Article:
Toll Roads in Slovenia - An Overview of All Routes
Drivers who want to use the toll roads in Slovenia must pay a fee to do so. Payment is not only required for holidaymakers who stay in Slovenia but also applies to those who use the country for transit. Many tourists accept the cost without questioning what alternative routes exist apart from the toll roads. The reason for this is that the roads that are subject to tolls are also the routes that allow you to get from one place to another the fastest. To show you what options are available, we will first present a detailed route network with all toll roads in Slovenia. We will also explain how best to plan your route and what routes to avoid.
Where do I pay tolls in Slovenia?
Anyone who wants to travel a longer distance by car and will pass through different countries in the process will have to deal with route planning in advance. It has already been clarified that most drivers must pay tolls in Slovenia. However, the question of which roads are subject to tolls in Slovenia has not yet been answered.
As a popular holiday and transit country, Slovenia has a clear road network that connects several neighbouring countries and important cities. Basically, most of the motorways leading across the country are toll roads. Since the motorways are also the roads that are frequently used by travellers, tourists are usually subject to tolls. Certain expressways are also included. What many drivers forget is that on-ramps are also considered part of the toll roads. This means that traffic circles and short stretches of roads leading to toll roads are also included. For this reason, you should make sure to buy a vignette for Slovenia in time to be prepared for every section.
Motorways that are subject to tolls (Avtoceste) – list for 2023
As mentioned earlier, in Slovenia, the toll routes are motorways and expressways. As far as motorways are concerned, there are a total of five main ones that should be considered when planning a route. The most important one, on which most holidaymakers end up sooner or later, is the A1. It connects to the Austrian Pyhrn Autobahn A9 in the town of Šentilj in the northeast of the country and then runs right across Slovenia. The A2 motorway is also a connection that lies on the border with Austria and, at the same time, leads to Croatia at the border crossing at Bregana. The A3 can be considered a connecting route between Slovenia and Italy, and the A4 also continues into neighbouring Croatia at Macelj. The A5 motorway leads travellers directly to Hungary. The following list provides an overview of all of the motorways. Vehicles with a weight above 3.5 t will need a DarsGo box.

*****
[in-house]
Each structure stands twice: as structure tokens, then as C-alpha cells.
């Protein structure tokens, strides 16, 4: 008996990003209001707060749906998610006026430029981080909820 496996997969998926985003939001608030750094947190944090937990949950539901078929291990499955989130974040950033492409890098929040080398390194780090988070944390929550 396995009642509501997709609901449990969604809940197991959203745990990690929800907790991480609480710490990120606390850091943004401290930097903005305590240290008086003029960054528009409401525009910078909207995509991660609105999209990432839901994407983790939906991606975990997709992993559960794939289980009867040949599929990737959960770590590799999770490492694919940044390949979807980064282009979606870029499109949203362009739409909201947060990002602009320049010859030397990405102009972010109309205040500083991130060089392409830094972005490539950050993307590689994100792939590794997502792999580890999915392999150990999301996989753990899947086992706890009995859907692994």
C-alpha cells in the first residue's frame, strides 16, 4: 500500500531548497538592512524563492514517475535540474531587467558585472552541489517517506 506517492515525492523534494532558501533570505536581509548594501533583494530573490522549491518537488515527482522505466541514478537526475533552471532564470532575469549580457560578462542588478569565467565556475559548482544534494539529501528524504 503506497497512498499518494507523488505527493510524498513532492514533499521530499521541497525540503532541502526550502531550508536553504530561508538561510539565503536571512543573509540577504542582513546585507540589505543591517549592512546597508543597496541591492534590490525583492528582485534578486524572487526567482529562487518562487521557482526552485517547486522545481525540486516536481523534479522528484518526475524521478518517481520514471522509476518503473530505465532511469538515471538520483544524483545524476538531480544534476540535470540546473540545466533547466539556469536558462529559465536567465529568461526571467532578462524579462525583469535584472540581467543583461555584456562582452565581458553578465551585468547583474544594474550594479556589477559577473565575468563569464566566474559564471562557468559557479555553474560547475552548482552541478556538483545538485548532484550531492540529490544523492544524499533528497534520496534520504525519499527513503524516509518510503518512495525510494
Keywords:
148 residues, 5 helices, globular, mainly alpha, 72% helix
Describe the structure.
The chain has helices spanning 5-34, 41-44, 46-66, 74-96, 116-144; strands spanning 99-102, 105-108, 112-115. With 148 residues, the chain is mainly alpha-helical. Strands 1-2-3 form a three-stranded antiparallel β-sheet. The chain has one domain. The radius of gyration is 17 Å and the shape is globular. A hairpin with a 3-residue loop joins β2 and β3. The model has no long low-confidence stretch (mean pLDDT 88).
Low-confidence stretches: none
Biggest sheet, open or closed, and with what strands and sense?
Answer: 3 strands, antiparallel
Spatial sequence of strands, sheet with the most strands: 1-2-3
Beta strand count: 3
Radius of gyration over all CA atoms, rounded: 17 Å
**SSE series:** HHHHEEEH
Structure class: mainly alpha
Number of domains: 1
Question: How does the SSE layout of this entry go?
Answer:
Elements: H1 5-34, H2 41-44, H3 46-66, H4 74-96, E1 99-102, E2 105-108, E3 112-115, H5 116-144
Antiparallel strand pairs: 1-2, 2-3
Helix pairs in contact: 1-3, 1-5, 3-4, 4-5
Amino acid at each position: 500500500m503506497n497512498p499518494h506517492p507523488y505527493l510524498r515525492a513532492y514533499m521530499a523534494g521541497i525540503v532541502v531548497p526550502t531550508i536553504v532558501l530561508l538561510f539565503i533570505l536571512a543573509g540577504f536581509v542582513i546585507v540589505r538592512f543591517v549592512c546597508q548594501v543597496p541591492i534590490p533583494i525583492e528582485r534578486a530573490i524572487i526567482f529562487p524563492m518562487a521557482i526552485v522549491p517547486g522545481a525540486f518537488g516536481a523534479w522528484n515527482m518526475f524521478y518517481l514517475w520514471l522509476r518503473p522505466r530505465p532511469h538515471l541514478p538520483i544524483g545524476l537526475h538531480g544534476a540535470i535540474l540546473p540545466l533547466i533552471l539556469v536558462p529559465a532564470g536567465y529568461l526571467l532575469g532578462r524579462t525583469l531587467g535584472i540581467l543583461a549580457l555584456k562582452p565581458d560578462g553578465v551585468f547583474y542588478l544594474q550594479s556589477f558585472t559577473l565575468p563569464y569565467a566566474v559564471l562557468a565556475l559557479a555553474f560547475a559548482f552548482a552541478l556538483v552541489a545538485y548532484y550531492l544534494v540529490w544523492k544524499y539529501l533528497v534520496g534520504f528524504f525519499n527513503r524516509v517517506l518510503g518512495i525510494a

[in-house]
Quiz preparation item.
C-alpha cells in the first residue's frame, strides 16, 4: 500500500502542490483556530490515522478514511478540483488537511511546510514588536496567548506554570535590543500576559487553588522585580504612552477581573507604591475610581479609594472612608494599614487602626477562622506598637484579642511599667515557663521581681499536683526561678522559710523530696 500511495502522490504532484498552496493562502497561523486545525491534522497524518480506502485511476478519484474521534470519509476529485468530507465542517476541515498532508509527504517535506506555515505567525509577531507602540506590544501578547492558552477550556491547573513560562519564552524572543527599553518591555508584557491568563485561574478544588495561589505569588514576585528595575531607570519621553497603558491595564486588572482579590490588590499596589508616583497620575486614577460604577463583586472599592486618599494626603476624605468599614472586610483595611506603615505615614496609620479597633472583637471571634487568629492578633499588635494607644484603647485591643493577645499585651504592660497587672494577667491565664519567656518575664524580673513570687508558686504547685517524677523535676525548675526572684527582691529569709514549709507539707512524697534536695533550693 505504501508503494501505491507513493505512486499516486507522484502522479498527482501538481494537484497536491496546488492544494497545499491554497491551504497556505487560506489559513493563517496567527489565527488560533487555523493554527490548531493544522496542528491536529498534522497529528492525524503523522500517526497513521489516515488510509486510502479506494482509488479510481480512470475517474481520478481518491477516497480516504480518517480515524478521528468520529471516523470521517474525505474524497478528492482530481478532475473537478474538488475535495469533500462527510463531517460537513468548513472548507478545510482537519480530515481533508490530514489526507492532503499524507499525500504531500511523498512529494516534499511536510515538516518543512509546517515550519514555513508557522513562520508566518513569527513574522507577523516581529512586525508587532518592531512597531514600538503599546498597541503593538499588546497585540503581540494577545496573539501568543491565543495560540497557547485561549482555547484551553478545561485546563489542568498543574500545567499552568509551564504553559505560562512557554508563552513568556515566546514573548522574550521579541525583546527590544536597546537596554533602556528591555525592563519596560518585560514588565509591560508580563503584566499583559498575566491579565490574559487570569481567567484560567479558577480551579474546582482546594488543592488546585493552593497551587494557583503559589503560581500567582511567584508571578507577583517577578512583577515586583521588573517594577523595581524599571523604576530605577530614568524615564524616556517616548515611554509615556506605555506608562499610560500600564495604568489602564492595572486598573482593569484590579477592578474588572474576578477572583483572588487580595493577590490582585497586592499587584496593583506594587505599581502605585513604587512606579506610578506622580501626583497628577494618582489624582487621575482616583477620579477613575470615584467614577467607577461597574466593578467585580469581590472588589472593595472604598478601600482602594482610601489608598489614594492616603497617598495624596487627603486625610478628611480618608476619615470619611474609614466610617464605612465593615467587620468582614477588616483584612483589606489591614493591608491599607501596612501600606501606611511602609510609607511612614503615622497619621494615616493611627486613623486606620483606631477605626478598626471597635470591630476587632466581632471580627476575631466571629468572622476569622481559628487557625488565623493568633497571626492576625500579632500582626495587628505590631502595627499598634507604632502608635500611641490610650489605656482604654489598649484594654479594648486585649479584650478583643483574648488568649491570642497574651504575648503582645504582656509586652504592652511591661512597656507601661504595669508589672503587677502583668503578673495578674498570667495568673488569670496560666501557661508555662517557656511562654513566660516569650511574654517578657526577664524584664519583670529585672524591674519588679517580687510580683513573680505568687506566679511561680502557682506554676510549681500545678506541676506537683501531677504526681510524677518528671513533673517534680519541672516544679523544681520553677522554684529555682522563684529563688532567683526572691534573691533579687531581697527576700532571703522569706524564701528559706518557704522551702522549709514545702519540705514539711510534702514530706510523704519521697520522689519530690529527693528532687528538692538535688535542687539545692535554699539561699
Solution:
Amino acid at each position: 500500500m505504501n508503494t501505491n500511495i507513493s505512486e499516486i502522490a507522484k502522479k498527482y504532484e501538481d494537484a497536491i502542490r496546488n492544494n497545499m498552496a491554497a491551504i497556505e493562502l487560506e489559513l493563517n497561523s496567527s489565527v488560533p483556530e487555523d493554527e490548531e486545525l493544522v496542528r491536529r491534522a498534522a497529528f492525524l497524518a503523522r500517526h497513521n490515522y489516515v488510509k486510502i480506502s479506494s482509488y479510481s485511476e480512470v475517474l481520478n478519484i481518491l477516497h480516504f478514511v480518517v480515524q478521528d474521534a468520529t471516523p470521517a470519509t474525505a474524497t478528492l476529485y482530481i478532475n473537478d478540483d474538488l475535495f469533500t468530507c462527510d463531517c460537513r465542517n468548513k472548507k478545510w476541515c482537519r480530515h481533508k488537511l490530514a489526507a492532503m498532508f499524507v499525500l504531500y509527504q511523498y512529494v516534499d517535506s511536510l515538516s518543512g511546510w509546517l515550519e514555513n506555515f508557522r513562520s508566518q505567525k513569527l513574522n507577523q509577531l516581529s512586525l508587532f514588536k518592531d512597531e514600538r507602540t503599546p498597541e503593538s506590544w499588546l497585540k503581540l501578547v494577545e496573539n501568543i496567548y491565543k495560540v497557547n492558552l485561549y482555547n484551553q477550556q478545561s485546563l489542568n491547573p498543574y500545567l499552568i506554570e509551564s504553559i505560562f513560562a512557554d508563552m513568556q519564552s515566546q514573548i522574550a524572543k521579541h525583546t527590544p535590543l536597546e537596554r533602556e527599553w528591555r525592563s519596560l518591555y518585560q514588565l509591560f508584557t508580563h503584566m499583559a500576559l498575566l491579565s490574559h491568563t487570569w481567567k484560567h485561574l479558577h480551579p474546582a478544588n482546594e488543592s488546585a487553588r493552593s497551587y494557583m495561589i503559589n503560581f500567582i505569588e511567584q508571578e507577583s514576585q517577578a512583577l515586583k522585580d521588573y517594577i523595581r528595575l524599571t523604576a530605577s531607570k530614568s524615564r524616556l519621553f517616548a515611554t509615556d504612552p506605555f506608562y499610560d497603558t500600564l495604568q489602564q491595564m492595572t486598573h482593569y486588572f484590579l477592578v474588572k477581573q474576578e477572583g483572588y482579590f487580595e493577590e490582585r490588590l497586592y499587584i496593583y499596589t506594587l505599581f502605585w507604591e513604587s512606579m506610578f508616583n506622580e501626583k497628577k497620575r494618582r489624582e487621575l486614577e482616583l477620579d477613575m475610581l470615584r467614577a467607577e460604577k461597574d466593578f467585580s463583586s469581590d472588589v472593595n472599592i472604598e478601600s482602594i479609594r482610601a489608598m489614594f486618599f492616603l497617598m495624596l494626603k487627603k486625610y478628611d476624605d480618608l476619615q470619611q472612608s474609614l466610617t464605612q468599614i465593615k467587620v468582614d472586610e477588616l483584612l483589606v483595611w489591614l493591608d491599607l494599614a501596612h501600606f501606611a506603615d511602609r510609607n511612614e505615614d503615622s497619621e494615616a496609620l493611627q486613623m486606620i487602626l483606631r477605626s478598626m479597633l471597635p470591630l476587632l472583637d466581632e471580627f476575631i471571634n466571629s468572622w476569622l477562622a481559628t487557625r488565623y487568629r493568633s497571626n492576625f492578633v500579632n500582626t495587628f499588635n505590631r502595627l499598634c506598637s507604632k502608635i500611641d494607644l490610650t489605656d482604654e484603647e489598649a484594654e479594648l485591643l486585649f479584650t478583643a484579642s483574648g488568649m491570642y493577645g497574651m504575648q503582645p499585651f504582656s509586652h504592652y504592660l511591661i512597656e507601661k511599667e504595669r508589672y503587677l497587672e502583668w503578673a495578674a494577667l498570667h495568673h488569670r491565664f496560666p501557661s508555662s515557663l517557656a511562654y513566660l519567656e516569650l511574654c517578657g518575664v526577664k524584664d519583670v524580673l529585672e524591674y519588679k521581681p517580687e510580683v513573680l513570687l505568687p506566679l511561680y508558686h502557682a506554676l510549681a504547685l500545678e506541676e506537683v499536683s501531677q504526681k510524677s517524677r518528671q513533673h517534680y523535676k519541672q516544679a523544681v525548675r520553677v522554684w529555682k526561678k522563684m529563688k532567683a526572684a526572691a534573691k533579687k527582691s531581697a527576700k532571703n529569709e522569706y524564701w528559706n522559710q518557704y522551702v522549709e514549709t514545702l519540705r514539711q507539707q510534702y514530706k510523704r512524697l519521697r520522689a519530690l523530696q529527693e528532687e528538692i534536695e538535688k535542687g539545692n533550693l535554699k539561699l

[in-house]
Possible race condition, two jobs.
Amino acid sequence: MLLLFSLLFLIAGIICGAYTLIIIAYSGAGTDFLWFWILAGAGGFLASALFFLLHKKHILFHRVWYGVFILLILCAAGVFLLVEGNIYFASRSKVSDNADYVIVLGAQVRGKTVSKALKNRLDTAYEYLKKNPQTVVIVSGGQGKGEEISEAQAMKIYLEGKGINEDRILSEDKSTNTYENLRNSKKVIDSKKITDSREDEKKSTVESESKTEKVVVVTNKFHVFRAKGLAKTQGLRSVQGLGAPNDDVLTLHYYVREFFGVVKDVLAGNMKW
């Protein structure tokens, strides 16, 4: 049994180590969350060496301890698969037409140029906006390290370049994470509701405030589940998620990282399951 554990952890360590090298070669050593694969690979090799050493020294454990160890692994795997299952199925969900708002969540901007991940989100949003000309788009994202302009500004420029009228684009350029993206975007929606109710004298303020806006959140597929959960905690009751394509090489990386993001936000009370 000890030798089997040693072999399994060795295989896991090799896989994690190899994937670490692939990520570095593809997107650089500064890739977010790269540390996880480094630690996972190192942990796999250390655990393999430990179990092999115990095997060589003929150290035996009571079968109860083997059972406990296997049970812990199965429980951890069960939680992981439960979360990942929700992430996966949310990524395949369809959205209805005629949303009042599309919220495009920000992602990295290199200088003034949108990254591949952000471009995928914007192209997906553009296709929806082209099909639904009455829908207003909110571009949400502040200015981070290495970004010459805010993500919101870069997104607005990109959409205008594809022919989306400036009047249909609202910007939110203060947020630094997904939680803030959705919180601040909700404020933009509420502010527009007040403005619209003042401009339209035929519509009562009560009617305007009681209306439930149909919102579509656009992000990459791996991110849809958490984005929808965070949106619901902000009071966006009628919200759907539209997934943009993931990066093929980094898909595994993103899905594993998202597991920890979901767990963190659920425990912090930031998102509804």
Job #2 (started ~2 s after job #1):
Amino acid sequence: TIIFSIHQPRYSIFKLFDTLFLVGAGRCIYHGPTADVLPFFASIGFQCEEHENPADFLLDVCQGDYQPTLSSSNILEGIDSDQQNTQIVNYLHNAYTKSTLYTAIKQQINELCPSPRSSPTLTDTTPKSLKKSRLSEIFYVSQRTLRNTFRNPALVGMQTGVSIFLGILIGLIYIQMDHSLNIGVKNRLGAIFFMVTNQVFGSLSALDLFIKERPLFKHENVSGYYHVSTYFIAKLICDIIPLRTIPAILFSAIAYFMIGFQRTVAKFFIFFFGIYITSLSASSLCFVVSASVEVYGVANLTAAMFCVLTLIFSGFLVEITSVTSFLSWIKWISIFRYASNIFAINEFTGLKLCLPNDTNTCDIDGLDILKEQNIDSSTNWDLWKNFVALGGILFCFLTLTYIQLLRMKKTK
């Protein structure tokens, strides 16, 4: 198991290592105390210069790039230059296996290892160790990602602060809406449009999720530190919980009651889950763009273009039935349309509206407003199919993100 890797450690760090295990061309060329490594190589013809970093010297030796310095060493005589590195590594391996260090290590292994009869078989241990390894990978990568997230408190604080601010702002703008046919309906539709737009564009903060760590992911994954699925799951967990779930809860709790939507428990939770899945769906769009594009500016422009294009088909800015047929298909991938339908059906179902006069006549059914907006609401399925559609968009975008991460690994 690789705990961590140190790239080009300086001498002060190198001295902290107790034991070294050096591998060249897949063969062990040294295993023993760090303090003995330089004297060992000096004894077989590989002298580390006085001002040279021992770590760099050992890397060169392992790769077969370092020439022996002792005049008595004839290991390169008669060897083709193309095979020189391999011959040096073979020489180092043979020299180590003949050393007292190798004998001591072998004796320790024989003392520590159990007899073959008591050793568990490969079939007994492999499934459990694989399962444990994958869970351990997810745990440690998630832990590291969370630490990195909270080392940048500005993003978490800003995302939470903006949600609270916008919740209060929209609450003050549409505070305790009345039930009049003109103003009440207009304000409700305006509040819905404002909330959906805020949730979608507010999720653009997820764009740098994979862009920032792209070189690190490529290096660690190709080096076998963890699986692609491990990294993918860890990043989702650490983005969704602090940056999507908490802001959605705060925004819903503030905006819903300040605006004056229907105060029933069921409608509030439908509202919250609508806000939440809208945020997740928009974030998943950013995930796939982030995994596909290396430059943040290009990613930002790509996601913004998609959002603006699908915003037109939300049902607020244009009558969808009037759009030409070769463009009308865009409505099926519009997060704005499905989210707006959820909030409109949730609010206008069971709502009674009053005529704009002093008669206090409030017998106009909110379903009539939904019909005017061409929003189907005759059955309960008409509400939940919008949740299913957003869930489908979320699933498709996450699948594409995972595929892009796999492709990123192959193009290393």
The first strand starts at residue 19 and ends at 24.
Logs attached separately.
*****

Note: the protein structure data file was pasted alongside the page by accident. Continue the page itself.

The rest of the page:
Special toll sections - Karavankentunnel leading to the north
The Karavankentunnel, which leads from Slovenia to Austria, is a section of road for which special regulations apply. Although no vignette is officially required to drive through the tunnel, the two freeways leading into the tunnel from the Slovenian and Austrian sides are subject to tolls. From Slovenia, the connecting road is the A2 motorway. The toll costs for the tunnel depend on whether the route is used by a motorcycle, an ordinary passenger car, or a vehicle over 3.5 tons.
Map of all toll roads in Slovenia
As soon as you have become familiar with the Slovenian toll system and you have gotten an overview of the motorways and expressways, you can start planning your route. Based on the previous description, you will encounter motorways on every route. No matter which country you arrive from or which border crossing you use, sooner or later, you will find yourself on one of the main connecting roads of the country. For a better overview, we will present all toll roads in Slovenia on the map below.
Bypassing the toll in Slovenia – toll-free routeDrivers who plan to bypass any toll routes must keep a few things in mind. First, this plan is probably out of the question for drivers who want to reach their destination as quickly as possible. Since avoiding the toll roads also means avoiding all direct expressways and motorways, in most cases, you will have to take a major detour. The routes through Slovenia to Croatia without a vignette are therefore mainly suitable for travellers who want to get to know the small towns in Slovenia, stop now and then, and perhaps also enjoy the surrounding landscapes.
When planning your route, you must also keep in mind that not all routes without tolls are suitable for all vehicles. Drivers of large motorhomes, vehicles with trailers, or vehicles with a total weight of more than 3.5 tons are strongly advised to visit one of the sales offices and stay on the official roads. The "back roads" are often not developed well enough or are too narrow to be used by larger vehicles. Below, we will present a selection of routes without tolls that lead to popular holiday destinations.